Government has scrapped fees charged on people seeking jobs in Saudi Arabia, Iraq, Afghanistan, and Somalia.
Addressing a weekly Cabinet press briefing in Kampala yesterday, the Minister of Gender, Ms Betty Amongi, said the decision was made by Cabinet on September 27 at State House Entebbe during a meeting to discuss the performance of externalisation of labour programme which was launched in 2005.
It was chaired by President Museveni.
Ms Amongi said Cabinet raised the concerns in regard to companies charging Ugandans certain fees for some requirements, including the certificate of good conduct that is obtained from police, and yet these are fully paid for by foreign recruitment companies.
“After deliberations, Cabinet decided that based on the Bilateral Labour Agreement signed with Saudi Arabia, the employers meet all the placement costs,” Ms Amongi said.
She added: “It also decided that migrant workers, destined for Iraq, Afghanistan and Somalia, are not supposed to pay any fees to the recruitment company in Uganda since the costs of placement are met by the employers.”
According to Ms Amongi, Cabinet also approved the lifting of the ban on registration of new labour exporting companies, which had been imposed in 2019 and approved the establishment of safe accommodation/shelter for distressed workers in Qatar, Saudi Arabia, and United Arab Emirates.
Cabinet directed the Ministry of Gender, Labour, and Social Development in collaboration with Ministry of Foreign Affairs to expedite the negotiations and signing of bilateral labour agreements with Qatar, Oman, Bahrain, Turkey, and other countries with emphasis on sourcing skilled labour.
“The Ministry will deploy two other external security personnel in each country where Uganda has bilateral relations to help workers in case they get any problem,” Ms Amongi said.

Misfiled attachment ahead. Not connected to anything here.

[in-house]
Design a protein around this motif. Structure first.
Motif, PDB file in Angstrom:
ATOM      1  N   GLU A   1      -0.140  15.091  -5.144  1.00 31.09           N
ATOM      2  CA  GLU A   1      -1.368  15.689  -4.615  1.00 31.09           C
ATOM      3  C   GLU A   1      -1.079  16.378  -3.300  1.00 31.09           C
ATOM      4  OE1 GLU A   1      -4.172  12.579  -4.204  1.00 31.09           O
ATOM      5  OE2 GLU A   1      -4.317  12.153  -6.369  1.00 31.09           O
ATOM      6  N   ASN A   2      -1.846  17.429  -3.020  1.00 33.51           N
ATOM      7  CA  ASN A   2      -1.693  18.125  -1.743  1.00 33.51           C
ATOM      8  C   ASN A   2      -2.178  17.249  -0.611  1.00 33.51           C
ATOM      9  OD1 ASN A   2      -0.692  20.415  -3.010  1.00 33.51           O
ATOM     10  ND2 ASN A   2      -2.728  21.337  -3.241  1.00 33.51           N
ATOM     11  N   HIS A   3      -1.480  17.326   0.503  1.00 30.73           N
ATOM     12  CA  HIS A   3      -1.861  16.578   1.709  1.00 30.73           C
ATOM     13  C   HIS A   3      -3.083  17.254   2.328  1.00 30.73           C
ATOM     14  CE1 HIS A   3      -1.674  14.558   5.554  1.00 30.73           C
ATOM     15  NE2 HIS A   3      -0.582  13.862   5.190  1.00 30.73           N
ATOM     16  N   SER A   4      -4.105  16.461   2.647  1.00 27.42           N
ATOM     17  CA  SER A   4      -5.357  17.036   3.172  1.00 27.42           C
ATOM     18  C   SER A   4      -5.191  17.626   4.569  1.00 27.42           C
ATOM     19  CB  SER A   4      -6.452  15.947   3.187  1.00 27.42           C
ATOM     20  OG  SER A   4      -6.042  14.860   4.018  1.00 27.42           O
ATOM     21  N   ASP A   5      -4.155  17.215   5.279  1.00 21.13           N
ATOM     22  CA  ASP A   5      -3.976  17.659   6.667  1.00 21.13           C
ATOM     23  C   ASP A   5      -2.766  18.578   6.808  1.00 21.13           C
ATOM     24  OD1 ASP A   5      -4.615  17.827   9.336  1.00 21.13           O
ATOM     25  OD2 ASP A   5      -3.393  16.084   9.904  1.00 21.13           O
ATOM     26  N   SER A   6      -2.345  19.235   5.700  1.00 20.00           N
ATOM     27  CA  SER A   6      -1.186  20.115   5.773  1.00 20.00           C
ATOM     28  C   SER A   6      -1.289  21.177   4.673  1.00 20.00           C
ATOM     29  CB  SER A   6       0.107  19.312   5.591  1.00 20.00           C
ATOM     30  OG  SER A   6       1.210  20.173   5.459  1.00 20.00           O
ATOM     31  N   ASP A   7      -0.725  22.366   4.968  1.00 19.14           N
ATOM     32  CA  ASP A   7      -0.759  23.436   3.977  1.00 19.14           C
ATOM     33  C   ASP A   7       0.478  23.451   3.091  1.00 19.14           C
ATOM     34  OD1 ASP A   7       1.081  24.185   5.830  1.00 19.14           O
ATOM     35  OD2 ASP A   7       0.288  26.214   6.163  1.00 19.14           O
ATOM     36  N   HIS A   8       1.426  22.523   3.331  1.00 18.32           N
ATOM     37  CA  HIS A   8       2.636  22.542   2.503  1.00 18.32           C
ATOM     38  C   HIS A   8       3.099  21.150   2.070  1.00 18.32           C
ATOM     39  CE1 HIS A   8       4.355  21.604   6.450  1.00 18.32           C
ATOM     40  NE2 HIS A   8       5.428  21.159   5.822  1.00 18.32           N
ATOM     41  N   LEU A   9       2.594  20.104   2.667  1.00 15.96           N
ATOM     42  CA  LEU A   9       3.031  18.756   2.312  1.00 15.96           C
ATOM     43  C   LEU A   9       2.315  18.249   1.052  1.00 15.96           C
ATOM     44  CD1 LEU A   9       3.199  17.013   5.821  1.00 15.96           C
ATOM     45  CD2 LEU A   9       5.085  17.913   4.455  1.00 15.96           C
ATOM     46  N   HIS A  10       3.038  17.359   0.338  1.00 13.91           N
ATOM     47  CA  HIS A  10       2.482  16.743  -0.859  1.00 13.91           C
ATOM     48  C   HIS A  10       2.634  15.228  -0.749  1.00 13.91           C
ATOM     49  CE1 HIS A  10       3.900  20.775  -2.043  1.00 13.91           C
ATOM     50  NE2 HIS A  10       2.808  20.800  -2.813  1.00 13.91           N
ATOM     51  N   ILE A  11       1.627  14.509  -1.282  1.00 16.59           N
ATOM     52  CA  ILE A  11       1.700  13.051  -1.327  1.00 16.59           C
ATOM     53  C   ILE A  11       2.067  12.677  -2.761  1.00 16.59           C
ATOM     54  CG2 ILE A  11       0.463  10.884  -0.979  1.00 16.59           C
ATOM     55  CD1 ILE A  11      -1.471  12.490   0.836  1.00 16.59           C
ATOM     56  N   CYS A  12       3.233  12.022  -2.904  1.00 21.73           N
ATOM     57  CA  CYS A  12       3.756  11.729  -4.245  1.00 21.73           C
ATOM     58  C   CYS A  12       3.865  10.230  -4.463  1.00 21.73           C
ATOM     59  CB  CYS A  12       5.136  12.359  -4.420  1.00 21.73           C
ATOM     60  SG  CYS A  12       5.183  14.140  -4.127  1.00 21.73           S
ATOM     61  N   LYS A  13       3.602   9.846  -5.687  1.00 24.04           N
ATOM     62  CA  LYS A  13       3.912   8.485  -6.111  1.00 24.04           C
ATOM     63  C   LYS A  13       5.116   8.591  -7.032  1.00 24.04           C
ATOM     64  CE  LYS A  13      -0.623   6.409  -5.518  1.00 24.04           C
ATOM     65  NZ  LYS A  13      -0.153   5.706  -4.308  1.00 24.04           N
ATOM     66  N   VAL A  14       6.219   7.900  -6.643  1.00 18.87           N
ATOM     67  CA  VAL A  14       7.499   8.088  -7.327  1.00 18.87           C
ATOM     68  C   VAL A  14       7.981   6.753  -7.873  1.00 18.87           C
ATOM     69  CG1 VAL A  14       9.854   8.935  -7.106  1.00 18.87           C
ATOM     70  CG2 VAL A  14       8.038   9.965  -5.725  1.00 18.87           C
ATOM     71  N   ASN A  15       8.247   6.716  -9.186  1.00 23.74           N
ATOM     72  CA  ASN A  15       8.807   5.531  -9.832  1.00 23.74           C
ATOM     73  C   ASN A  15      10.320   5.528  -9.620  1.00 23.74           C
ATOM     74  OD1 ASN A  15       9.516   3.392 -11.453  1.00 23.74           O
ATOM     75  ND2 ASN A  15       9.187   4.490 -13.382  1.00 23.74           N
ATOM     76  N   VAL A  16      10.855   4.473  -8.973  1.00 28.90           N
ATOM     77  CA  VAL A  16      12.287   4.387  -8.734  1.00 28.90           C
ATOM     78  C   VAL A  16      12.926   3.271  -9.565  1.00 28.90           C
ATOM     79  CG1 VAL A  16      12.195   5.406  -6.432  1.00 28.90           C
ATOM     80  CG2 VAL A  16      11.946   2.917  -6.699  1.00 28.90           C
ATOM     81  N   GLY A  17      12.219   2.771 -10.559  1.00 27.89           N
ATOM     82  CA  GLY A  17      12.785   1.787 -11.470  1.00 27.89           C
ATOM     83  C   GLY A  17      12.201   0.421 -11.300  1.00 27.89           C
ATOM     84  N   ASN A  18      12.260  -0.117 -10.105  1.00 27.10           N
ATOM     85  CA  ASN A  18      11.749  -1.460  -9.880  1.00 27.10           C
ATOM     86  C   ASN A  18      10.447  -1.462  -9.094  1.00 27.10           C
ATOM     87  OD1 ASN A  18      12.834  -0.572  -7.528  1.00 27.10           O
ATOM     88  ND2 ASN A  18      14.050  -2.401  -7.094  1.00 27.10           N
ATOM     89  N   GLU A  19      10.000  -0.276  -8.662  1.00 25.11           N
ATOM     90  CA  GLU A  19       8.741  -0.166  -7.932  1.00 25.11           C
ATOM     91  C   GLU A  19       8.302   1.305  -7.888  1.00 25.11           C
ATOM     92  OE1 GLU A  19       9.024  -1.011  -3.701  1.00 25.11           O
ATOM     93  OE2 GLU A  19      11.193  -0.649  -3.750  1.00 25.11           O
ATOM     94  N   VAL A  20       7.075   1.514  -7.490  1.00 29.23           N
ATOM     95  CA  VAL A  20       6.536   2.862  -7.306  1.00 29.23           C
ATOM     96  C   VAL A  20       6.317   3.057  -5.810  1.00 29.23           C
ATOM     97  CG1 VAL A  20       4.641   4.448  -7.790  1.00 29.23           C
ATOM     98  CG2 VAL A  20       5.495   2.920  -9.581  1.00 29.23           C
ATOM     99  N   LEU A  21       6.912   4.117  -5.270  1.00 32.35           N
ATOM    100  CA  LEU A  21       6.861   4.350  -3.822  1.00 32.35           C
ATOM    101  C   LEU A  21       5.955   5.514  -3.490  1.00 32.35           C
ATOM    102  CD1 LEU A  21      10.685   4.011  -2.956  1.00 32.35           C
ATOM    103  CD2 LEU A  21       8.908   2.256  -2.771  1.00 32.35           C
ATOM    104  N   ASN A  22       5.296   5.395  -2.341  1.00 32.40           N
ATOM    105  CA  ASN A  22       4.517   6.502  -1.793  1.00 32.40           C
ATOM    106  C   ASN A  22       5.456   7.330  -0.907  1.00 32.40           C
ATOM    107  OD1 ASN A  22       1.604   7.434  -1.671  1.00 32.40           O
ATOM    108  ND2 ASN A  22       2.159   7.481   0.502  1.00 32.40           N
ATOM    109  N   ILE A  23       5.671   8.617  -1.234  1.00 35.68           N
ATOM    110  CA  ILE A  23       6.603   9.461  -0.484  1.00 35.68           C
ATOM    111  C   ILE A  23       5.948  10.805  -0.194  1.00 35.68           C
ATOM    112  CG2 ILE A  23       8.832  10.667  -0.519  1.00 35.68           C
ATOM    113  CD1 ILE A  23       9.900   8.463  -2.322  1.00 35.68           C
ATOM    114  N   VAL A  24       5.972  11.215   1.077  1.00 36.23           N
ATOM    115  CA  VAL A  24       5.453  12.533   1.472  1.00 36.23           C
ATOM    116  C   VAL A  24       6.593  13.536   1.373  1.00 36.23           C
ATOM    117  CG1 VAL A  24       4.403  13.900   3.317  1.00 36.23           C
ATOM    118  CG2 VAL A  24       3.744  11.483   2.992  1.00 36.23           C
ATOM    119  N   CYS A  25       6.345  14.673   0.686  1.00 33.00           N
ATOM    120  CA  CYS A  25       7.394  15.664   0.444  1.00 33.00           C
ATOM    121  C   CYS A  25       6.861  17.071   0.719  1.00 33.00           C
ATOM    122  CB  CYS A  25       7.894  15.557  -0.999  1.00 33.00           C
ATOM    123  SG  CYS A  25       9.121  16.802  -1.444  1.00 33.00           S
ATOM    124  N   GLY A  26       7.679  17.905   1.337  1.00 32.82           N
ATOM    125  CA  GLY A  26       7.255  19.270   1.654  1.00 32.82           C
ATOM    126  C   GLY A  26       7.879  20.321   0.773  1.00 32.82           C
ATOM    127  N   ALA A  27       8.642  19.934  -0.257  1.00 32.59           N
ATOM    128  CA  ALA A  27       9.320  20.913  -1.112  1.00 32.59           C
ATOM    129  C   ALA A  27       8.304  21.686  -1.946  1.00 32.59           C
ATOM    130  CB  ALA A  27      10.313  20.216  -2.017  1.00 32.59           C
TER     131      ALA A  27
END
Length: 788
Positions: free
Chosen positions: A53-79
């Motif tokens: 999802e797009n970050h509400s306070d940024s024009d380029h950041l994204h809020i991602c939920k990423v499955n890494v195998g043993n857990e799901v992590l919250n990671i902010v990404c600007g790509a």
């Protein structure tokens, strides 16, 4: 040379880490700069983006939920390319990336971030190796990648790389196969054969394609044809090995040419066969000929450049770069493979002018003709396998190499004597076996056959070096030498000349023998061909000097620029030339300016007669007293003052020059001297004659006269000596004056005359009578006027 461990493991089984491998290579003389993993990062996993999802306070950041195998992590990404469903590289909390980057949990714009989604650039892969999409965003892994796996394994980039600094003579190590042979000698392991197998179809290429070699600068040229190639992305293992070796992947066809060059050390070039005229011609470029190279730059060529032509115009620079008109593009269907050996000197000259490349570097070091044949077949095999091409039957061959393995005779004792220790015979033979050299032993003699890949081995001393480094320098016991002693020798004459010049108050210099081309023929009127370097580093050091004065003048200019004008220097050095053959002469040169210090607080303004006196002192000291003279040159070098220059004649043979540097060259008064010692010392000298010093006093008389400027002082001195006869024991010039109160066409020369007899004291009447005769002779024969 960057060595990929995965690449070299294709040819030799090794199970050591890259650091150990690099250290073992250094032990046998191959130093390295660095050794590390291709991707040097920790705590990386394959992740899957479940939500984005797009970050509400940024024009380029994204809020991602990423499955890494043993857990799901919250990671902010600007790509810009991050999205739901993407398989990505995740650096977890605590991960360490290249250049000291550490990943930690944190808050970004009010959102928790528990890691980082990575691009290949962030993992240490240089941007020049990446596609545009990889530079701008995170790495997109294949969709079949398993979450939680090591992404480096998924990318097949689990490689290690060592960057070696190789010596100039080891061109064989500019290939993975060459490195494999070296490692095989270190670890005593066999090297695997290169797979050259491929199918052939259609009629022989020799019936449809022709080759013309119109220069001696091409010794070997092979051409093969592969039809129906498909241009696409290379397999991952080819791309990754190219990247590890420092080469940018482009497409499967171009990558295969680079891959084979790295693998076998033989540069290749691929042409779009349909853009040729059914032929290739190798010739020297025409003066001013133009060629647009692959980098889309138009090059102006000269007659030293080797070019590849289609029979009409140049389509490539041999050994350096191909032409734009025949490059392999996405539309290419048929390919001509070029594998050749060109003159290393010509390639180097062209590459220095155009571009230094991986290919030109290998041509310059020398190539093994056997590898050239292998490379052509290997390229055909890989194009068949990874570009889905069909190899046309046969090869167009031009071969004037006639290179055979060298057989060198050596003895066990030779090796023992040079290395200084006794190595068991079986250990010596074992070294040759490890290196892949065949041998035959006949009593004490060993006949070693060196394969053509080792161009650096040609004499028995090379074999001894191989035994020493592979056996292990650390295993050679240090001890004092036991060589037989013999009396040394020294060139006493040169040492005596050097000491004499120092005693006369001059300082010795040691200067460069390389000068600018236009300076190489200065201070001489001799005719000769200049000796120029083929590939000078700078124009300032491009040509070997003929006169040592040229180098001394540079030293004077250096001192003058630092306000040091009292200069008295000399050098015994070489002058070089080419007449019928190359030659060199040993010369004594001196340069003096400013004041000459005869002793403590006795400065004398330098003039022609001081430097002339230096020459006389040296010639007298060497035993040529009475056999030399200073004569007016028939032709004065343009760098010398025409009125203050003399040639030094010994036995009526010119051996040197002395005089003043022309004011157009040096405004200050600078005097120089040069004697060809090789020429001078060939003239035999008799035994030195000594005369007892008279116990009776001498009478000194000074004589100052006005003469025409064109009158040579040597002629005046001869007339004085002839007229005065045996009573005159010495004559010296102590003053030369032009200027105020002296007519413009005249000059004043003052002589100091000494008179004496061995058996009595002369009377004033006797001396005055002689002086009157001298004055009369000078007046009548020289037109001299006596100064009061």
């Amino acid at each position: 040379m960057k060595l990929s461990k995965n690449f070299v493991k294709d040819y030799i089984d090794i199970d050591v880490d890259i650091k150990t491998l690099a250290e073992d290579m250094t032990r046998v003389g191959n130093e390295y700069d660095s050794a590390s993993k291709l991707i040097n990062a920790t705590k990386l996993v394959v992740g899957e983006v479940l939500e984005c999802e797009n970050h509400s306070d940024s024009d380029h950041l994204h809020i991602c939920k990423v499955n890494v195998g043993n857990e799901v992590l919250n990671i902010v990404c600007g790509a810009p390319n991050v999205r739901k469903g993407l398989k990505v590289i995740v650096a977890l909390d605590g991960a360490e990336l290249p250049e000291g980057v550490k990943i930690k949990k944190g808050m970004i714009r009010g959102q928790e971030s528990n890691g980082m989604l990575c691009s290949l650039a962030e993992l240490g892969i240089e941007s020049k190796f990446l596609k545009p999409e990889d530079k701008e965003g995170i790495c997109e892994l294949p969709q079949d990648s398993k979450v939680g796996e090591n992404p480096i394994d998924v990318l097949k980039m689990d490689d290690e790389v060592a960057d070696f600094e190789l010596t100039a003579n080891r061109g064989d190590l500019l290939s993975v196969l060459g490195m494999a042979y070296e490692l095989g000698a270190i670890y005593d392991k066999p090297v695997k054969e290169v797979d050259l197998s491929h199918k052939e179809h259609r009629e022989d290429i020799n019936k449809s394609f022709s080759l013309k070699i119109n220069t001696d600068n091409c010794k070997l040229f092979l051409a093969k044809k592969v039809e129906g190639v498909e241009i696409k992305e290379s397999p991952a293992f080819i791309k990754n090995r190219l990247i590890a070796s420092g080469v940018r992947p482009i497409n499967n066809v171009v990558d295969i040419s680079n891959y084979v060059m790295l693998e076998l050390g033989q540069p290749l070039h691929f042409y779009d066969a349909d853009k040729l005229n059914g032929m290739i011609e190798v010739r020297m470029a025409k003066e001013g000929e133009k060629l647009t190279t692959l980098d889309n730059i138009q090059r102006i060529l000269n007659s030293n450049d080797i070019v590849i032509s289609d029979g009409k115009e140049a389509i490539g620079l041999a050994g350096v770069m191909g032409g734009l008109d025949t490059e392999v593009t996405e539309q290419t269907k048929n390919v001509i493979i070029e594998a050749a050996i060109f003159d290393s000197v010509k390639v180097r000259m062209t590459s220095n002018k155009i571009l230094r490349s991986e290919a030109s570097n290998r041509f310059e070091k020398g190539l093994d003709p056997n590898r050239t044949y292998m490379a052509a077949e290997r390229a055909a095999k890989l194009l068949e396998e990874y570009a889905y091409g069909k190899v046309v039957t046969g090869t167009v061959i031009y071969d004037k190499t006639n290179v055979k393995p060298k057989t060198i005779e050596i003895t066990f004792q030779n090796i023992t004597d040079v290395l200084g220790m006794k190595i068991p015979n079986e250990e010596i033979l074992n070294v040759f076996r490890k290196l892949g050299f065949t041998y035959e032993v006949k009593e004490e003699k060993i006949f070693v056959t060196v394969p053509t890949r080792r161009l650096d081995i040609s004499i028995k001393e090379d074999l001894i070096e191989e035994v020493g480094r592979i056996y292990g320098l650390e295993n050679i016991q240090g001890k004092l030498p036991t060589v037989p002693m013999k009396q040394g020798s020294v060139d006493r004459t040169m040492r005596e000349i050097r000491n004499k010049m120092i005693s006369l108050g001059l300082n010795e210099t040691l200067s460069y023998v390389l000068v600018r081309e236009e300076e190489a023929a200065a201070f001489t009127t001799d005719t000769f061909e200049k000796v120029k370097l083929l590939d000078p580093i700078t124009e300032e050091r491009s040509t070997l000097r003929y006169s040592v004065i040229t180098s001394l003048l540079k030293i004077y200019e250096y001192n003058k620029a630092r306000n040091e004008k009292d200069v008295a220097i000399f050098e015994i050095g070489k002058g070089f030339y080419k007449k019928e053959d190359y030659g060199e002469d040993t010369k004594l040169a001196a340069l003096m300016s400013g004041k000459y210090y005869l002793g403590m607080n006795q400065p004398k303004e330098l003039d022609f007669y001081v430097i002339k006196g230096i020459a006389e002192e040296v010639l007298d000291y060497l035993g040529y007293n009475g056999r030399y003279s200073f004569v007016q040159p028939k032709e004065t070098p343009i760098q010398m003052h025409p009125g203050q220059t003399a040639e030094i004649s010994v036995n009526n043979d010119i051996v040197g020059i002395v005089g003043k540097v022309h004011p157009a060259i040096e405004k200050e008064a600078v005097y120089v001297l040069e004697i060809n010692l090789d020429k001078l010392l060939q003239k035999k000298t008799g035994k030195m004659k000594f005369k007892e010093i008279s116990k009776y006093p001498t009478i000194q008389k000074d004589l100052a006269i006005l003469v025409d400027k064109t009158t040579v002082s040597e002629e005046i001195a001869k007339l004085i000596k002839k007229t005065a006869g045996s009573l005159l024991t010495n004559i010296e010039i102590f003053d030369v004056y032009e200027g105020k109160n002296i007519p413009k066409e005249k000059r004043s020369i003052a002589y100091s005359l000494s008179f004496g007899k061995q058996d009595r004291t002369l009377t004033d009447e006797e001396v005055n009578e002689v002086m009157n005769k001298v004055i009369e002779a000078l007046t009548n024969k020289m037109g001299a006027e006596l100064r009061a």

The minister added that Cabinet exempted all migrant workers except security guards from getting a certificate of good conduct from Interpol.
The decision was taken to address inconveniences suffered by migrant workers because of delays in processing Interpol certificates.
The Employment (recruitment of Ugandan Migrant workers) Regulations, 2021, has introduced a number of measures to address some of the challenges experienced by migrant workers. These include
•Restricting ownership of recruitment companies to only Ugandan nationals, introducing pre-departure orientation training to migrant workers, and charging migrant workers unauthorised fees is a ground for revocation of a licence.
Others are the bilateral labour agreements with Saudi Arabia and the United Arab Emirates provided that the foreign recruitment agencies shall pay all costs of recruitment and deployment of migrant workers, the negotiated agreement with Qatar provides for the same.
•Recruitment agencies are not allowed to publish job adverts that have not been approved by the Ministry and acting to the contrary is a ground for revocation of a license,
•The value of the bank guarantee that is used to clear any claims that may arise from migrant workers against a recruitment agency has been increased from Shs50 million to Shs100 million.
•The penalties for the offences under the regulation have increased from three months to five years imprisonment or a fine not exceeding one thousand currency points or both.